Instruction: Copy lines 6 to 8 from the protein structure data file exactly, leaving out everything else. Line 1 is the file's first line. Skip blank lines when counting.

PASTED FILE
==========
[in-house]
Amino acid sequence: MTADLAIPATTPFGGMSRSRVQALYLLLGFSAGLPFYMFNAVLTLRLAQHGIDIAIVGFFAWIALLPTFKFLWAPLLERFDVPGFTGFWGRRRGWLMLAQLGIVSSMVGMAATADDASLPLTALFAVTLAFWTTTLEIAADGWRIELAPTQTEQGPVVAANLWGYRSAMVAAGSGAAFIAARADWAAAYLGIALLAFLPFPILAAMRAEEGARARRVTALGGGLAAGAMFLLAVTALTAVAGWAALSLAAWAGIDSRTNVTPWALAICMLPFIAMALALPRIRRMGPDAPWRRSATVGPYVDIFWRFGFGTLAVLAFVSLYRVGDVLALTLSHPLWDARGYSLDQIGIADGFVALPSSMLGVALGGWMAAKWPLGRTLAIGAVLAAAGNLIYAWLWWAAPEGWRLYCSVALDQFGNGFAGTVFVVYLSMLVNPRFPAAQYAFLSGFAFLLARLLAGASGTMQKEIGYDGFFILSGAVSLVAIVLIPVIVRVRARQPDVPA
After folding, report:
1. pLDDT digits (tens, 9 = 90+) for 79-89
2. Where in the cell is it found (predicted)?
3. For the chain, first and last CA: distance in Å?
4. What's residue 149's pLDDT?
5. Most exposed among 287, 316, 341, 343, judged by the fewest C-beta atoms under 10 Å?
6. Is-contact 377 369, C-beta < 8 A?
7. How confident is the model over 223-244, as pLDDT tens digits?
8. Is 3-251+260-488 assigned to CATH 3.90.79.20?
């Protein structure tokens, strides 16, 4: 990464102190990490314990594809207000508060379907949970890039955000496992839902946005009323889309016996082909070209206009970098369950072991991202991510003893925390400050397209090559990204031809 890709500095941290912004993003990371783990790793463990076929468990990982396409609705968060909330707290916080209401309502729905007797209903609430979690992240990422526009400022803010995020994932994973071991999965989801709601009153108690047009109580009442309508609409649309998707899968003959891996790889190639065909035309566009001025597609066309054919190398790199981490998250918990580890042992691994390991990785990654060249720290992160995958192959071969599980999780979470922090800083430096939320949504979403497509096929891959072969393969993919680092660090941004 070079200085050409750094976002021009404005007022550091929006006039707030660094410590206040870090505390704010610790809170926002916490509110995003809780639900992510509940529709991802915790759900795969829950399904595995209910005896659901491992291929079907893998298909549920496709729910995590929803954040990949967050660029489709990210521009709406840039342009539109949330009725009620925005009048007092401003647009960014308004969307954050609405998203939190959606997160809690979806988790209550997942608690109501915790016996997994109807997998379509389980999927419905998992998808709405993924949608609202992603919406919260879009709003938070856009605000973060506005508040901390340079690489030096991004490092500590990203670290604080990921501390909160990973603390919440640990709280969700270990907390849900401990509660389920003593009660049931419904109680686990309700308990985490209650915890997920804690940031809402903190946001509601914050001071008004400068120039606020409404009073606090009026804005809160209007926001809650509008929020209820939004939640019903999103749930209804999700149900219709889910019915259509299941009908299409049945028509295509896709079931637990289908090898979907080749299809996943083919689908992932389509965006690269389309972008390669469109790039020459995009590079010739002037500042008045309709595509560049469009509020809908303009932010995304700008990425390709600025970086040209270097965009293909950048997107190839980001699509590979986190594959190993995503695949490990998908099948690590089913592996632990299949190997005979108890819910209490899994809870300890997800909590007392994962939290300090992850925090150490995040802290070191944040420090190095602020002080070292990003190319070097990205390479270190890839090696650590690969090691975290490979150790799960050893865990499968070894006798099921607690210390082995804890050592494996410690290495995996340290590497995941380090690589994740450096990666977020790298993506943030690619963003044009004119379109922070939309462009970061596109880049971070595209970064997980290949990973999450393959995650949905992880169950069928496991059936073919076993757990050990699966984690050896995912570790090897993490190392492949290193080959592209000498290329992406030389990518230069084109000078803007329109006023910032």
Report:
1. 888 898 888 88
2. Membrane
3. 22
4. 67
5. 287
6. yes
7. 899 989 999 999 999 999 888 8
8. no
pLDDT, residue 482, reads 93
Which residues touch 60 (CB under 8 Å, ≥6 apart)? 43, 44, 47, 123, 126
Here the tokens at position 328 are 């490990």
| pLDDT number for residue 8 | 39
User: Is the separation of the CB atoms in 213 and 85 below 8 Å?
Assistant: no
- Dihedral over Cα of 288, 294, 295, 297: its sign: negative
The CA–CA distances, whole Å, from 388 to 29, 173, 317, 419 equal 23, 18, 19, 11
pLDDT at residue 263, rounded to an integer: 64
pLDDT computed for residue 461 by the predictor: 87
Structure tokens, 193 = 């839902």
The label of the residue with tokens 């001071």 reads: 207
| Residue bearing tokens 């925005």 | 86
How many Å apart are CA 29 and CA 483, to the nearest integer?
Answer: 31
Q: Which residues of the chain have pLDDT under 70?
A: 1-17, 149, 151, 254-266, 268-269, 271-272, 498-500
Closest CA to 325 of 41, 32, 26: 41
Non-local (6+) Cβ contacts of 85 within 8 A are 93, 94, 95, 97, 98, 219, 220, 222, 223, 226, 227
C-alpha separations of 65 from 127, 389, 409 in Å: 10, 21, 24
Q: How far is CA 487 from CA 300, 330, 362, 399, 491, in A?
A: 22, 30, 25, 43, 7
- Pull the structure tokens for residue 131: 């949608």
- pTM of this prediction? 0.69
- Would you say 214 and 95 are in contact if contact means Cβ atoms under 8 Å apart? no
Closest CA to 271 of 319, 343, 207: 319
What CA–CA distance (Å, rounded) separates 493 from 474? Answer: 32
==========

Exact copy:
3. For the chain, first and last CA: distance in Å?
4. What's residue 149's pLDDT?
5. Most exposed among 287, 316, 341, 343, judged by the fewest C-beta atoms under 10 Å?